Bass Not Here Yet by Larry Leary

We went out yesterday, Thursday November 6th leaving around 7:30. Things were a bit challenging in the morning fog but an hour later the inlet was clear. We trolled from IBSP up to Mantoloking just below Manasquan with not one knockdown.
Never saw so many bait pods in my life. We tried everything from spoons, MoJos, 9ers and stretch lures. We even jigged only to catch dogs. It appears the bass are still further North.
Just thought I would pass my results along for the membership.

Editor’s Note: If the Leary crew on The Jen-Jen cannot find bass, you can be sure the fish aren’t here yet! Any day now!

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Fishing Facts

Of the fifty United States, thirty-eight have a striped-bass record. New Jersey has the largest striped-bass record—a 78-pound 8·ounce whopper that was caught in 1982. The state with the smallest striped-bass record is Iowa. That landlocked striper weighed only 9 pounds 4 ounces and was caught in 1983.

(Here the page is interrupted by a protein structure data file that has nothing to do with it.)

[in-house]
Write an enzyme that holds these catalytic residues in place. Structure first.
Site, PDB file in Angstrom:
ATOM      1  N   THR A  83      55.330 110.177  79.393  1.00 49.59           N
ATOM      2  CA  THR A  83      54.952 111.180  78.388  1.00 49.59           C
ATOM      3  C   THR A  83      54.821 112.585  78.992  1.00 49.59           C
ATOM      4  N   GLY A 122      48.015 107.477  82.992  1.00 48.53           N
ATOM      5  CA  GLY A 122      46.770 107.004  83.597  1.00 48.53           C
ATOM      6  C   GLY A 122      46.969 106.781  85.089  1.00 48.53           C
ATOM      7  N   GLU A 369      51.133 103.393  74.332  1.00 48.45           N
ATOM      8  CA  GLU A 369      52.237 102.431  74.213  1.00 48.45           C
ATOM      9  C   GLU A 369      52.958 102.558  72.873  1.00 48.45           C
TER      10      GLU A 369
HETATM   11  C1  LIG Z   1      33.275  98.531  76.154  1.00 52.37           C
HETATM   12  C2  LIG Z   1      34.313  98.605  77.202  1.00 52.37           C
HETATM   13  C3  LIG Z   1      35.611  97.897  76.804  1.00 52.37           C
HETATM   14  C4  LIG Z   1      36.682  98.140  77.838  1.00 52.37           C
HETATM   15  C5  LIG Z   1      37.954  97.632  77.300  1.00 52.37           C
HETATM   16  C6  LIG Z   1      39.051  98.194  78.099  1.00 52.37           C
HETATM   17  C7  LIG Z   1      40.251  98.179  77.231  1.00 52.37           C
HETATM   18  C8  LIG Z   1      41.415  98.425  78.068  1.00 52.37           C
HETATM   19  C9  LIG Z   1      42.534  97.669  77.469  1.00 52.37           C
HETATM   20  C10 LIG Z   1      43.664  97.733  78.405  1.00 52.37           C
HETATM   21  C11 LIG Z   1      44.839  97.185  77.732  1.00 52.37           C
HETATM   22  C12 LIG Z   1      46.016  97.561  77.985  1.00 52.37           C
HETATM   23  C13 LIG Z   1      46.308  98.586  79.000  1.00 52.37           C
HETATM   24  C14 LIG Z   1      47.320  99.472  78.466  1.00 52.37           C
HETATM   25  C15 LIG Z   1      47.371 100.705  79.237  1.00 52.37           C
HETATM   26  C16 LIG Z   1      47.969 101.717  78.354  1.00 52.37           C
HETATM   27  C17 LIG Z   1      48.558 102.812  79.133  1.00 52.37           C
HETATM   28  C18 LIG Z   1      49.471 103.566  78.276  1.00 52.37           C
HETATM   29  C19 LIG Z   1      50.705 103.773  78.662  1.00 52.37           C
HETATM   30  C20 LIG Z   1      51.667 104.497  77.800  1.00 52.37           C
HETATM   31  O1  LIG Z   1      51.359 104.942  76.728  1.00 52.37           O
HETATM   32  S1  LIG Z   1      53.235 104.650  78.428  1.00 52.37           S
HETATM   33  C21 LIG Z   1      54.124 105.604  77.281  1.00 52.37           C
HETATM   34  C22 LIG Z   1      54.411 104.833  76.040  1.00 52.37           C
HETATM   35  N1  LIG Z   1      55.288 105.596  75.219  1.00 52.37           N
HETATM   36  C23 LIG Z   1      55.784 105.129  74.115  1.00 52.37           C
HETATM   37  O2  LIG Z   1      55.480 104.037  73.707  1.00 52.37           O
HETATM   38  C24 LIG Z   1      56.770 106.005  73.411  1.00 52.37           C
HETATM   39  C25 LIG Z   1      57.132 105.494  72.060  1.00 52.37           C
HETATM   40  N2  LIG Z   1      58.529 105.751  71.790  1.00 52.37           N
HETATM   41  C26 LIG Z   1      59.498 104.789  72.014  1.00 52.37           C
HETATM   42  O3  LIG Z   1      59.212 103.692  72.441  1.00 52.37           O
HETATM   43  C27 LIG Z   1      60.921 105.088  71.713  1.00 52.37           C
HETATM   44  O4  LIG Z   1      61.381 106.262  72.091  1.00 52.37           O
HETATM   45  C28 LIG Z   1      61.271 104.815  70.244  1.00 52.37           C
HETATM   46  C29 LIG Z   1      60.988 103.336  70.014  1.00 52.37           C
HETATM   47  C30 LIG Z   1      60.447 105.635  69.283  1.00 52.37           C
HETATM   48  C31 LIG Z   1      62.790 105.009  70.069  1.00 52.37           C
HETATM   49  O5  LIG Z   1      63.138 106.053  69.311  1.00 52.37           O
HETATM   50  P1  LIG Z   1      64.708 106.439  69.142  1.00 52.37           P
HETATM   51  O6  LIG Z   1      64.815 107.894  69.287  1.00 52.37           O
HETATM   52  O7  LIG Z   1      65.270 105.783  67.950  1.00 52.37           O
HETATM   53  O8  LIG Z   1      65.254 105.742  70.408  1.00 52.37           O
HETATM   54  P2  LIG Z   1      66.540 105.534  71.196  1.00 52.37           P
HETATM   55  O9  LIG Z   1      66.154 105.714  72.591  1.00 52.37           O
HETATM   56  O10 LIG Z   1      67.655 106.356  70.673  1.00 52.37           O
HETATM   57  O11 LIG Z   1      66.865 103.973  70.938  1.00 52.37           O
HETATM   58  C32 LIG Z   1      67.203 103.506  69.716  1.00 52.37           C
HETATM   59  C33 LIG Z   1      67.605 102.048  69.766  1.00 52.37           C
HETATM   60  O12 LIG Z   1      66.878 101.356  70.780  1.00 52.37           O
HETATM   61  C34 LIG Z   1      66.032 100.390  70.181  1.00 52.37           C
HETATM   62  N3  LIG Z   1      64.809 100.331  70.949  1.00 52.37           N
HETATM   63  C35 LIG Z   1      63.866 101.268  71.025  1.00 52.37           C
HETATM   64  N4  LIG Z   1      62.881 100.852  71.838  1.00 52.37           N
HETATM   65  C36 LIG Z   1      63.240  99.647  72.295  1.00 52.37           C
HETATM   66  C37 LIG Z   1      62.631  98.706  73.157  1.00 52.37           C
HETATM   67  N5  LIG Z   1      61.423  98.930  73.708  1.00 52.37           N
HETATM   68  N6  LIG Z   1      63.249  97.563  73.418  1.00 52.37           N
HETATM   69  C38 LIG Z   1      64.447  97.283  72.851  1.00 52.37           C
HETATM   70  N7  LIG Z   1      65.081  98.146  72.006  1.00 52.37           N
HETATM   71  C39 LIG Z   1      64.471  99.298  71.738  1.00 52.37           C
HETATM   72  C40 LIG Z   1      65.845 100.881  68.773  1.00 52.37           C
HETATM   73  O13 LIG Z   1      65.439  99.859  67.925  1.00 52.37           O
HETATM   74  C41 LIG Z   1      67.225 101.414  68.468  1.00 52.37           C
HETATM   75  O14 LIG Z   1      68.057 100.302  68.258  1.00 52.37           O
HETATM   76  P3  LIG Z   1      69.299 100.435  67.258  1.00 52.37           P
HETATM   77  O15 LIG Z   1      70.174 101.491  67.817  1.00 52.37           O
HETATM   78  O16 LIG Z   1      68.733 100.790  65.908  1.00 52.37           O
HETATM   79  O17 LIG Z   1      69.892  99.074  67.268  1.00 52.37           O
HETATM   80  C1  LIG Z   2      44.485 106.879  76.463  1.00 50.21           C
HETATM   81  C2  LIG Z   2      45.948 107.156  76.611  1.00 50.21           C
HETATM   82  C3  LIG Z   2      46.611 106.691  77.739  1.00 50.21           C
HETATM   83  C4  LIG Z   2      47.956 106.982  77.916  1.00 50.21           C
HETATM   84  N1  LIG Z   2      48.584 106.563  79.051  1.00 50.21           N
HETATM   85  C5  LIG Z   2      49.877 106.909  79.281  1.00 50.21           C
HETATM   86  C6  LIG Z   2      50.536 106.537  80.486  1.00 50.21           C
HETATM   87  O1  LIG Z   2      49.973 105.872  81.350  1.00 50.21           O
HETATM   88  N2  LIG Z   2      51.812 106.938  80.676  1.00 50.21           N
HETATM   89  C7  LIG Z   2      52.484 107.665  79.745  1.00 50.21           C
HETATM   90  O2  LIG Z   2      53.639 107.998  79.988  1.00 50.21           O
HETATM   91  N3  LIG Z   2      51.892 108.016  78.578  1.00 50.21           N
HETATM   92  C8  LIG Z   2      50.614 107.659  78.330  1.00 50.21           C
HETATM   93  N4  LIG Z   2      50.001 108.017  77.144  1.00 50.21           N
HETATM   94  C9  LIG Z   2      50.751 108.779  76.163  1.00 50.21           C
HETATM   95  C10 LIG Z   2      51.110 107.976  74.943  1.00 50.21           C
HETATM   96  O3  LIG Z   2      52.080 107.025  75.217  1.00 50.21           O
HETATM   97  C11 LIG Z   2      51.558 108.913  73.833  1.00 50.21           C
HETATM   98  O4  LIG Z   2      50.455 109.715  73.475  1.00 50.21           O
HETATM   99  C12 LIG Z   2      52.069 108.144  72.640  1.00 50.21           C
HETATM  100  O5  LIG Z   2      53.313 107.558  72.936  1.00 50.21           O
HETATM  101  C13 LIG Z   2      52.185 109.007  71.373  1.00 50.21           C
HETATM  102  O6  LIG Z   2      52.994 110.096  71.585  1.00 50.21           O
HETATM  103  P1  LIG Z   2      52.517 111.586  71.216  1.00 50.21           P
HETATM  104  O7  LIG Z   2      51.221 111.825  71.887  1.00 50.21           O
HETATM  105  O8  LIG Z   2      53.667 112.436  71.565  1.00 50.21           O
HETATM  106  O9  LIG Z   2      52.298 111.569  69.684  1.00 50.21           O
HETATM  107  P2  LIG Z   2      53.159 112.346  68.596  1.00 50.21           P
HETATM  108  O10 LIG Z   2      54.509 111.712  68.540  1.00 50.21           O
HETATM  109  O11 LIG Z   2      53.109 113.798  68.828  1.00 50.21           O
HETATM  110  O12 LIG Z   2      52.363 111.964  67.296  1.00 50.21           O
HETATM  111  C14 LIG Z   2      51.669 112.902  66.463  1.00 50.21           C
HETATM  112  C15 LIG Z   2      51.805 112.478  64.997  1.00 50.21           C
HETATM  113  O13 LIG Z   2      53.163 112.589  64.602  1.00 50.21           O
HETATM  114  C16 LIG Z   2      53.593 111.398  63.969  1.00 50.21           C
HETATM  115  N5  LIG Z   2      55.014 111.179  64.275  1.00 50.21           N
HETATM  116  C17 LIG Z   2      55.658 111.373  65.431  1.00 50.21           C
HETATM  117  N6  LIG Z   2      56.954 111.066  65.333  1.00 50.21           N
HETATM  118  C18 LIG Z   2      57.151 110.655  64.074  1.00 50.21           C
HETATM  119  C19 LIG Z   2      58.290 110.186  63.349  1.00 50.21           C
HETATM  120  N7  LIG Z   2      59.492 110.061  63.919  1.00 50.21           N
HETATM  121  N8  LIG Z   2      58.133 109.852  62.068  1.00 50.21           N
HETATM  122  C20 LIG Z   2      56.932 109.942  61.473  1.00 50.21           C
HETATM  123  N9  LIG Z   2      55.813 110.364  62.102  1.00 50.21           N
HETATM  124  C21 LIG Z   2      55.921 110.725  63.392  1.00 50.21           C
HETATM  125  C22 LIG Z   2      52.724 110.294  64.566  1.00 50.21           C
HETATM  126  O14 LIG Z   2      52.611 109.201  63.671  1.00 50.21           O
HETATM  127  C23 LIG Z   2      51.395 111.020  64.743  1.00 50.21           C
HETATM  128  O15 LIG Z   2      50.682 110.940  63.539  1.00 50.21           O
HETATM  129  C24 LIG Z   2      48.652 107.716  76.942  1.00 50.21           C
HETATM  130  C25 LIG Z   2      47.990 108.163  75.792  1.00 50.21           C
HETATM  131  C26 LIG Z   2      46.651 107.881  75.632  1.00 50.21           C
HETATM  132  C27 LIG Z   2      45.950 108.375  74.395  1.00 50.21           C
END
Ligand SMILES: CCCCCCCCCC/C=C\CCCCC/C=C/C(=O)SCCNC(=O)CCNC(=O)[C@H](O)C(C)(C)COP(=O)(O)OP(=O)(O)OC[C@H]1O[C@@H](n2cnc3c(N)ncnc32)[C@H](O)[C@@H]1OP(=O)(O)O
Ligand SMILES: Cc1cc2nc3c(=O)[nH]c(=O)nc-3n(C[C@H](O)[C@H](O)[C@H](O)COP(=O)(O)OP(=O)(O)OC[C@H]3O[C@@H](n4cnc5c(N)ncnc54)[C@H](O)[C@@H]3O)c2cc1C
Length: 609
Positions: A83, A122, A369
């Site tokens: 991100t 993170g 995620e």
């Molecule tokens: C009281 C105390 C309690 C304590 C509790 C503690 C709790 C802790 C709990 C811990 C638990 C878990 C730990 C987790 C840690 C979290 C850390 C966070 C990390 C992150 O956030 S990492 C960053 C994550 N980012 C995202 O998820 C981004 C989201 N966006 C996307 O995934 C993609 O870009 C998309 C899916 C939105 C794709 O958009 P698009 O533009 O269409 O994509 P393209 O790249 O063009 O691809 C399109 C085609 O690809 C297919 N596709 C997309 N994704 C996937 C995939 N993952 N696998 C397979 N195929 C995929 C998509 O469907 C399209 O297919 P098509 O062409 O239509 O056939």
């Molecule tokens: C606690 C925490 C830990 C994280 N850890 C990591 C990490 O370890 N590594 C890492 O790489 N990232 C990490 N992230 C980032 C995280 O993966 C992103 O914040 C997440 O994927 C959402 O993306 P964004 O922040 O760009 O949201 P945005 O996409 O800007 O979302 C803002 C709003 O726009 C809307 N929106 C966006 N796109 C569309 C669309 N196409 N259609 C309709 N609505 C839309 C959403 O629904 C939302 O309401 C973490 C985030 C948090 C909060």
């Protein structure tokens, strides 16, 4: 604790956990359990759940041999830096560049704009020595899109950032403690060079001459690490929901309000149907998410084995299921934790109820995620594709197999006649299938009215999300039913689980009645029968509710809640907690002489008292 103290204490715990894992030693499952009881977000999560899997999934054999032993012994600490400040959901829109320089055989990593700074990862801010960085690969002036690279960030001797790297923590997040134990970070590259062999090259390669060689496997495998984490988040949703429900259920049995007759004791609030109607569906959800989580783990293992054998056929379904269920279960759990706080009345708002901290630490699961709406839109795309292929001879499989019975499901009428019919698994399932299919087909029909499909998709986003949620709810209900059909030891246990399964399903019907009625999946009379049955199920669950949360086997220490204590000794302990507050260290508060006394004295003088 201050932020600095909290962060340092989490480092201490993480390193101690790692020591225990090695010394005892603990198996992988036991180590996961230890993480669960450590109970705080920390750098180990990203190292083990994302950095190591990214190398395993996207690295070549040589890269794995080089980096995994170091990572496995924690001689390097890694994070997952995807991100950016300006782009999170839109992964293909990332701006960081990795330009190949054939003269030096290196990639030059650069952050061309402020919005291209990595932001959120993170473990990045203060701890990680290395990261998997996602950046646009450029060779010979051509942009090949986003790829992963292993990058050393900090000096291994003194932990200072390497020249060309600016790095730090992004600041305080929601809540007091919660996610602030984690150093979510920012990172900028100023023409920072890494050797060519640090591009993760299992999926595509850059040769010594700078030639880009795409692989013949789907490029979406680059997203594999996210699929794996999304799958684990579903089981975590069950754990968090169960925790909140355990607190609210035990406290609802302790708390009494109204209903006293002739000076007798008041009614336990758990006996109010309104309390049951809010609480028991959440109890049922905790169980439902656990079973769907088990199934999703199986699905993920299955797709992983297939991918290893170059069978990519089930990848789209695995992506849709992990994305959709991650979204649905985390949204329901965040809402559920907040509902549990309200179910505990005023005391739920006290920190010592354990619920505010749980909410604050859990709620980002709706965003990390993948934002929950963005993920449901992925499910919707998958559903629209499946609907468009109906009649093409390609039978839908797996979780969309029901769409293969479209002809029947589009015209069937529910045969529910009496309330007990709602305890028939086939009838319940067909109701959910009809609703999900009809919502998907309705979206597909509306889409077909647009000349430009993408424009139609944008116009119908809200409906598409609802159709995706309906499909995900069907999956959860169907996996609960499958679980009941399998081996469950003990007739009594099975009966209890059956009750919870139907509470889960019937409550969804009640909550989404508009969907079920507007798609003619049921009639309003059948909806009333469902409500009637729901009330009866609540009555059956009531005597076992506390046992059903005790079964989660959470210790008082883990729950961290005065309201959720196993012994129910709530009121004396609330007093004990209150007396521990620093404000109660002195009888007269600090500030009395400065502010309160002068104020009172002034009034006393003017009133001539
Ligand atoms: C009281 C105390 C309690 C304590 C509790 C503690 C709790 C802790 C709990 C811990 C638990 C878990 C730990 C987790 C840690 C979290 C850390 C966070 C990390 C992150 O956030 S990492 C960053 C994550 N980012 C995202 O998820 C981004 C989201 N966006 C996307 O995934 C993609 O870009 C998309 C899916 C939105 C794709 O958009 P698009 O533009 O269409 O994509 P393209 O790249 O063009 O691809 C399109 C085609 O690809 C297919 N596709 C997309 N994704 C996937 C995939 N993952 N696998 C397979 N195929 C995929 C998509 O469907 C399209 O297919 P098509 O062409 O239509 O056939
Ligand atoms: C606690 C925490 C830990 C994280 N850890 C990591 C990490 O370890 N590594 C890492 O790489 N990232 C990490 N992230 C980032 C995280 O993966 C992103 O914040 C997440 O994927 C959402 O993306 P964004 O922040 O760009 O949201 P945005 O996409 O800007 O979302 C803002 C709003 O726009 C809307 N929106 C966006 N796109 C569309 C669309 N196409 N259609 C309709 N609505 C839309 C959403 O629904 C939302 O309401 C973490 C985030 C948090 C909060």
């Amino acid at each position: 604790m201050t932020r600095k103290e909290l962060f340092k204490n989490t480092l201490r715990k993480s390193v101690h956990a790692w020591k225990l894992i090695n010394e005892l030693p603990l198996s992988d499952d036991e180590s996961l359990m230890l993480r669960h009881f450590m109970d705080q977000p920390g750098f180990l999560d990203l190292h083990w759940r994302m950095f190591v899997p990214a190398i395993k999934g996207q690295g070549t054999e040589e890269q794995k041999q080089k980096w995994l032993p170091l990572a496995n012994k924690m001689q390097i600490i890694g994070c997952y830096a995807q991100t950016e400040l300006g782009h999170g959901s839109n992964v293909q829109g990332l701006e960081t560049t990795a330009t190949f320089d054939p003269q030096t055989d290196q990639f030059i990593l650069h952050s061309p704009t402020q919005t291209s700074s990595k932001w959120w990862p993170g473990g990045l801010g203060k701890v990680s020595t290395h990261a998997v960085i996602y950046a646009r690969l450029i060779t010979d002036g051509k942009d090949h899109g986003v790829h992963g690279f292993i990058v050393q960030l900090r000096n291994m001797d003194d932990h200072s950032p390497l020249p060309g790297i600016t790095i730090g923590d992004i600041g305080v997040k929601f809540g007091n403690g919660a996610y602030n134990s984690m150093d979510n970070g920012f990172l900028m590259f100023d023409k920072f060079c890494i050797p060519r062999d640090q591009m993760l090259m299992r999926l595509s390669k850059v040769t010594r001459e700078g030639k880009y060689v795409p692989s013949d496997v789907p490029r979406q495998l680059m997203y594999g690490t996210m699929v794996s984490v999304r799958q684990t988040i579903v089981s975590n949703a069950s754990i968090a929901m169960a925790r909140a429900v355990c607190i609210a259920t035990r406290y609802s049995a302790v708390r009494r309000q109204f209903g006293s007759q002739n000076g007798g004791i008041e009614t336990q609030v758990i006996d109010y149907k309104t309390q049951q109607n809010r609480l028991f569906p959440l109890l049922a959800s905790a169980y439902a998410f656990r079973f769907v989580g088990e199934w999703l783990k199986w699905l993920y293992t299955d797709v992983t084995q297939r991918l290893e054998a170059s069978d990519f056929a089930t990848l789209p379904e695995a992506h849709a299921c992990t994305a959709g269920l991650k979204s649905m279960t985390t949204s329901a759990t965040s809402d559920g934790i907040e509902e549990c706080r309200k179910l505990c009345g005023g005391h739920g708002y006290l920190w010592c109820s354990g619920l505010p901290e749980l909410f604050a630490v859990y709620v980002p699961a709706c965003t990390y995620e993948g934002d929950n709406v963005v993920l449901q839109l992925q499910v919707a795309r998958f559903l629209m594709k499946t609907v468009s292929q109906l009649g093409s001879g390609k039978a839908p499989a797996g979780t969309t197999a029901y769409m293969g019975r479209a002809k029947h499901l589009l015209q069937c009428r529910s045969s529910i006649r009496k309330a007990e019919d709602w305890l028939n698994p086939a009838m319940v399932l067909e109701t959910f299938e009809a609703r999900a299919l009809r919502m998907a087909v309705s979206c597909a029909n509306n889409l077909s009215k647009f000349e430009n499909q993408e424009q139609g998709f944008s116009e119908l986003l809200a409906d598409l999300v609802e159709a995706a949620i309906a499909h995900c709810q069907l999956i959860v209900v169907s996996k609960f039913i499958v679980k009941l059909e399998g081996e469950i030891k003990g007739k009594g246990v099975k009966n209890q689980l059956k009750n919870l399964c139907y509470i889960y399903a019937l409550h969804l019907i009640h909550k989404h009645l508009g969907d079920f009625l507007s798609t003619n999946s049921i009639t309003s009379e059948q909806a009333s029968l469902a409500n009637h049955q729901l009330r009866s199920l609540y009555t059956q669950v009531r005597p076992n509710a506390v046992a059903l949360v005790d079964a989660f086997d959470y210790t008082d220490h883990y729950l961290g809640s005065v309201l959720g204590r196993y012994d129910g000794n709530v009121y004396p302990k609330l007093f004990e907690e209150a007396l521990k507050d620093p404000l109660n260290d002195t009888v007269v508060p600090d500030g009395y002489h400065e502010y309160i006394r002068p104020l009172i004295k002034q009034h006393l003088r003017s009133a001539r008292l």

There’s something fishy about beer these days. Fish Tail Ale is popular as ever, and New Jersey’s Flying Fish Brewery is one of the state’s largest specialty breweries. There’s also Washington’s Wild Salmon Organic Pale Ale, Florida’s Land Shark beer, Delaware’s Dogfish Head beer, and two versions of Stingray beer—a lighter version from the Cayman Islands and a dark beer from Canada.
The triangle fly is probably the most unusual of saltwater flies. It’s one of the few, if not only, flies tied to a treble hook. It’s also barely a fly at all, because hardly any material is used. It is complete after tying the two straw pearl twinkle flashes and the tiny tuft of natural squirrel, leaving an entire hook fully exposed. Incredibly this barebacked treble fly is a knockout when it comes to sea trout.

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